This may not be the most glamorous topic, but it’s an important one. Kids will do better learning an instrument, whether that be piano, guitar, singing, or theremin, if they have parental involvement. This doesn’t mean you need to be some kind of piano virtuoso to help them. It just means that you should be involved, if at all possible, at least at the beginning. If they’re just starting lessons, chances are you’ll be able to stay a page or two ahead of them and be able to help, even if you’ve never looked at an instrument before. Here are some tips to help your kids practice an instrument.
1. Ask Your Teacher What They Should Be Doing at Home
Some teachers will be strict and have a set amount of time the student should be practicing each song or concept. In this case, she or he will probably be very specific and detailed about what your child should be doing at home. There is nothing wrong with this approach, as long it’s realistic for your family.
I tend to have a more flexible approach with the families I work with. I don’t have an ideal amount of practice time in mind, because every child and every family is different. If your child has the time and patience to practice 2 hours a day, does that mean you’ll make faster progress than someone who practices 10 minutes a day? Well yeah, probably! As long as they don’t burn out quickly and stop altogether. But if there’s no way your family has the time and energy to put in an hour a day, let alone 2, I’d rather work with what is realistic. If a parent can devote 15 minutes a day to helping their kids practice, I’ll lay out a practice plan that’ll take roughly 15 minutes, and if you can help your kid maintain it, I promise you, they’ll be better off than most kids out there trying to learn an instrument.
In any case, the first step to helping your kids practice is knowing what they should be working on, and their teacher can help with this.
2. Create a Routine For Your Child
If your child knows that she needs to practice guitar for 15 minutes when she gets home from school, it’ll eventually just become what she does. It’s daunting to create a new habit, and a routine will help create that habit and help her see consistent progress.
3. Especially If They’re Young, Sit Down With Them
It’s highly unlikely your 6-year-old will head over to the piano each day and practice what he’s asked to do. Just taking the time to sit down with him to keep him on track will help him make a lot of progress.
If they’re taking voice lessons, think about recording the lesson and putting that on for your child so that she can sing along with the vocal exercises and songs that happened in class. Even if you only have 10 minutes and the lesson was 30, singing through just one or two of the exercises is much better than nothing.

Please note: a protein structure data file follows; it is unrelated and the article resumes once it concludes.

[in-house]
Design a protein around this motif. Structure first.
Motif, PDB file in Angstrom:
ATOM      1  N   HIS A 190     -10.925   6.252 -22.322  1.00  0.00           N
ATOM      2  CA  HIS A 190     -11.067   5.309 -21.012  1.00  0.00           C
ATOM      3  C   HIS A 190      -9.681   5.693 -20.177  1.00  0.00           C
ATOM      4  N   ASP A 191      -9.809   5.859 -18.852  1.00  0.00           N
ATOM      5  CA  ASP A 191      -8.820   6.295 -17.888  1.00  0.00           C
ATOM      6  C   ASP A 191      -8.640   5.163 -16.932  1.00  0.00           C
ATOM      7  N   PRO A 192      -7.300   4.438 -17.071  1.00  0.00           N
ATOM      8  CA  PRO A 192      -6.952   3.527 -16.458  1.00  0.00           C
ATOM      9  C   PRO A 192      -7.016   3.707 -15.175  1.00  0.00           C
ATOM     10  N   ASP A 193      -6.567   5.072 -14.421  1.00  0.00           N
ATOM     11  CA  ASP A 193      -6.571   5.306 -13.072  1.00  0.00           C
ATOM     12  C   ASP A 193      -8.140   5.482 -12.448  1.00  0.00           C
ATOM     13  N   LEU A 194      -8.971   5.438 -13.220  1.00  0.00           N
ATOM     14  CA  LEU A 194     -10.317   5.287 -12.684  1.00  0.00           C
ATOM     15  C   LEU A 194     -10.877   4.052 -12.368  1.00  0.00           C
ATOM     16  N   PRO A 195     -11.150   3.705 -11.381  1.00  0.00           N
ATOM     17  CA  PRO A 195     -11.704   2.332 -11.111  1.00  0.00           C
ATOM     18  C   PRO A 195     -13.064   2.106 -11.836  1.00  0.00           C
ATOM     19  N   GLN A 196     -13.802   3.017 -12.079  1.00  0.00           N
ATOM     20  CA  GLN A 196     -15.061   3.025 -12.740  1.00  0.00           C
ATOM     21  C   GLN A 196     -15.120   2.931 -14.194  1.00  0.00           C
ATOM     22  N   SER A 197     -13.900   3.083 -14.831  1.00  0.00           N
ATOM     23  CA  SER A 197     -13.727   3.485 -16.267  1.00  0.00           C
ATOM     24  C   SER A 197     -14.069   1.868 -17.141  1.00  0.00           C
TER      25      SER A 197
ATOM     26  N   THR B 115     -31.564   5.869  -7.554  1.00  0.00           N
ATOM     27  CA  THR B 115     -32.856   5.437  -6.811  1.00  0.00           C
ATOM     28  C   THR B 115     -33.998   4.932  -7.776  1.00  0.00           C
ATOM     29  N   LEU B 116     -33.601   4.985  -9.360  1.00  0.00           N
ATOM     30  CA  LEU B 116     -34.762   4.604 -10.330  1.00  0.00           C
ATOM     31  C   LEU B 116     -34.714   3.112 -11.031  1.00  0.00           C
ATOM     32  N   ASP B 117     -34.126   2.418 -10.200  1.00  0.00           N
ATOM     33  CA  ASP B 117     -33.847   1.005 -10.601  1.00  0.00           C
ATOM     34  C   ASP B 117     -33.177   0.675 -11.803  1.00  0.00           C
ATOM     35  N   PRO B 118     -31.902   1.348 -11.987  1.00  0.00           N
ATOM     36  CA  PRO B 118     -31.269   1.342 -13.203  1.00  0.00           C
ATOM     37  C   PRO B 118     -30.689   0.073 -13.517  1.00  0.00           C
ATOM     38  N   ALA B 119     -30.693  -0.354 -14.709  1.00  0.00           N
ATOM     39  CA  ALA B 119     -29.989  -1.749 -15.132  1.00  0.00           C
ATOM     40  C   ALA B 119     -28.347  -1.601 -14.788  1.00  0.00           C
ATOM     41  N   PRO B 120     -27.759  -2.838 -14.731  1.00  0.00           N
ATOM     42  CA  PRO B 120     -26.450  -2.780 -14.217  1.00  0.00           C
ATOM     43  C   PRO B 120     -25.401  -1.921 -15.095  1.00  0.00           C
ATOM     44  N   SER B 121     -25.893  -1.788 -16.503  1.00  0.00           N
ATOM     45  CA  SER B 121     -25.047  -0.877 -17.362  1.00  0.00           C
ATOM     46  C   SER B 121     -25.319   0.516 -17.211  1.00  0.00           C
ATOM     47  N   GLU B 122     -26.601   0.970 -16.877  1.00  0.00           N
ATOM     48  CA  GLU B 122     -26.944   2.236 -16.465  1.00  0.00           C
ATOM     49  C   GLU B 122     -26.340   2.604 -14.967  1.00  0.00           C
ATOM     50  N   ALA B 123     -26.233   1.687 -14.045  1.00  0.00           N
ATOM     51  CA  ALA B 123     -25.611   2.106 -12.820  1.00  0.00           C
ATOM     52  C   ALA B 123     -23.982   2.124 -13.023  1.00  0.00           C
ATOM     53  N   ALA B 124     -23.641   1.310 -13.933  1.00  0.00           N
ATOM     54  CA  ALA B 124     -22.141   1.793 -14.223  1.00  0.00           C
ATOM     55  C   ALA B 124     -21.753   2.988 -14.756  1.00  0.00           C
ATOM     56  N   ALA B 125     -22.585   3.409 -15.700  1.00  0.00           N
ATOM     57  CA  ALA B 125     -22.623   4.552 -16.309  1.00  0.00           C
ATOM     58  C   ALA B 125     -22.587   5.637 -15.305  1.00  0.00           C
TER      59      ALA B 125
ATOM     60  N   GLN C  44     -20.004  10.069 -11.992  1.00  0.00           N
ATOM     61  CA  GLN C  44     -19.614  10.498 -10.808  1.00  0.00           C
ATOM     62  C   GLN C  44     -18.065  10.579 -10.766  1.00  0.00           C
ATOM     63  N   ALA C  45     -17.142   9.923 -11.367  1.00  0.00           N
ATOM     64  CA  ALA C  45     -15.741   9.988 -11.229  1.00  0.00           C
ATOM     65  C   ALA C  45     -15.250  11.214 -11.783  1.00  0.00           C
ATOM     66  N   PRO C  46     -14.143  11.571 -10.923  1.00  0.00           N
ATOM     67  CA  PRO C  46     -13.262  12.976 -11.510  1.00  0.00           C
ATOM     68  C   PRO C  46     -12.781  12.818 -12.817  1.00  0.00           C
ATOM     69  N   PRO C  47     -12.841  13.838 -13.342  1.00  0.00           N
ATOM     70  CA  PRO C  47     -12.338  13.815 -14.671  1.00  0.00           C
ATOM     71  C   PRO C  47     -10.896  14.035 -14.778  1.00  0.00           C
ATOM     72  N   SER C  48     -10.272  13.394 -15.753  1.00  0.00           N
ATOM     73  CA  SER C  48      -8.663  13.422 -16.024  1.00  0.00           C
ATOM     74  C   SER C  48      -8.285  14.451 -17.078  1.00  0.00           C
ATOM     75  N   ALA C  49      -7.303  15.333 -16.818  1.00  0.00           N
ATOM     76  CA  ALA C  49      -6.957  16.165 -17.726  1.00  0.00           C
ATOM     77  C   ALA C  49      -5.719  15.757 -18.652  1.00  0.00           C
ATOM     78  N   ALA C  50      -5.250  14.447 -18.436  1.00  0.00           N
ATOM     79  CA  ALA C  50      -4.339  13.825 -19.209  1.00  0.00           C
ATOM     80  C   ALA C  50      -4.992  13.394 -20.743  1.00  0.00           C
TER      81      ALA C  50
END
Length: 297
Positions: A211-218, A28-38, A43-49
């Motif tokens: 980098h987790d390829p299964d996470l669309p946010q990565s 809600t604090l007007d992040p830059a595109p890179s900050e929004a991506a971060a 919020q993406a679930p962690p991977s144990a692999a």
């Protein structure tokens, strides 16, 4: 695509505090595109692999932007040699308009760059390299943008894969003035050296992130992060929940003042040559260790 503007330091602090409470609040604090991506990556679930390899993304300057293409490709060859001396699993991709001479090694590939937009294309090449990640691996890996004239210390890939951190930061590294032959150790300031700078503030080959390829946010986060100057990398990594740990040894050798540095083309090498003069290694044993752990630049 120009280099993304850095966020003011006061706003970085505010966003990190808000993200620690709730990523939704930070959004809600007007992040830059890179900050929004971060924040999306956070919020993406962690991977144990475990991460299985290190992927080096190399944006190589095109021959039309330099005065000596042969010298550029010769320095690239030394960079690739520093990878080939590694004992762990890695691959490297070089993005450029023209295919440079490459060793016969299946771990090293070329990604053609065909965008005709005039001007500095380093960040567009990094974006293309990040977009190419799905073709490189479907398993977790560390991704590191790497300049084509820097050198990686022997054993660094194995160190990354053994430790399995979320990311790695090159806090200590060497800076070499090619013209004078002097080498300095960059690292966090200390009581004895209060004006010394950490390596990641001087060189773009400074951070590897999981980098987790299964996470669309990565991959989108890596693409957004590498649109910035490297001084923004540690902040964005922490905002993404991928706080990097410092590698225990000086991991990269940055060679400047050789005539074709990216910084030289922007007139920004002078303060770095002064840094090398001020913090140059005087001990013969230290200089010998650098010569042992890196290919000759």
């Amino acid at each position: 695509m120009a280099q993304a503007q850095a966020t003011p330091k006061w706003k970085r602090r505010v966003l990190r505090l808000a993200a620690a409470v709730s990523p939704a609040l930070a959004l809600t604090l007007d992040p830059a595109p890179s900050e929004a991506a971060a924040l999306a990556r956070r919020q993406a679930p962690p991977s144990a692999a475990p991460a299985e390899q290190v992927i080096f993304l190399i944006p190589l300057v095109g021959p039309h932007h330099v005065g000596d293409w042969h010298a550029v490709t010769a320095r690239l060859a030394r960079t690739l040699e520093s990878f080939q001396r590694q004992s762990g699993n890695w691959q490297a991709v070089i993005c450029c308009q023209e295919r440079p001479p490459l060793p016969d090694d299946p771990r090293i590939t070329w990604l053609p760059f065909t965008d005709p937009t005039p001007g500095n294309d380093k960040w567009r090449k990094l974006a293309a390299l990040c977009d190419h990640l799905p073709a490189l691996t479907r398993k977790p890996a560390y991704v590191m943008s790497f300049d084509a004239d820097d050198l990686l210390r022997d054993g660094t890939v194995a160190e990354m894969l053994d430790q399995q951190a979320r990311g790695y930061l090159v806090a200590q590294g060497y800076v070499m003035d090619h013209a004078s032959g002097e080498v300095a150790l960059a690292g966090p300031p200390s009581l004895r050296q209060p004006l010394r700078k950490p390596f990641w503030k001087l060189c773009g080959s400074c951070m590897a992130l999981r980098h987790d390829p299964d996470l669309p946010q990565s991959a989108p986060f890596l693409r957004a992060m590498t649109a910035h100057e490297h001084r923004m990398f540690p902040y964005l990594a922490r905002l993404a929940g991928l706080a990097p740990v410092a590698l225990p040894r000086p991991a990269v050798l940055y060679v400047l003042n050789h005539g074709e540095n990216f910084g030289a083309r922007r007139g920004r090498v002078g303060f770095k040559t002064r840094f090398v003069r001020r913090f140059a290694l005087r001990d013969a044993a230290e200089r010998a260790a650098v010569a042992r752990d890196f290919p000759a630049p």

I’ve been taking my 5-year-old to piano lessons for about a year now, and when new concepts or songs are introduced, it can be challenging to keep him motivated. Sitting down with him each day, even if he just makes incremental progress, is very important. After he learns a song, he’s much more excited about it and tends to go practice on his own (wherever and whenever he sees a piano). It’s during those difficult, low-motivation times that it’s especially important you’re there.
4. Help Them Through the Concepts
Even if you’ve never touched a piano before, you can probably stay one step ahead of your child for a while (and have the added bonus of learning the basics of an instrument yourself!) Sometimes just being able to help them identify middle C on the piano and quizzing them on it so that they know how to get their hands into position can be hugely helpful. Once your child understands the basics, you’ll probably be able to back off over time.
5. Short and Frequent Practice is Better than Long and Less Frequent Practice
Your child will probably get much more out of 15 minutes a day than 105 minutes in one sitting. Coming back to the same thing over and over again will help reinforce it, while one marathon session tends to just burn people out.
6. Give Them a Chance To Like It
It’s certainly not true in every case, but people tend to like what they know how to do well. I’ve heard so many times from parents, “I don’t want to make them practice. I just want them to do this for fun.” The thing is, going to your lesson week after week and not knowing how to play your instrument isn’t fun for anyone. Sitting down to practice when you have no idea what you’re doing isn’t fun either. Playing the guitar is fun when you can, you know, kind of play the guitar. Maybe your kids will practice for years and never fall in love with it, but that’s actually pretty unlikely. Making music is joyful, and everyone deserves the chance to learn to do it.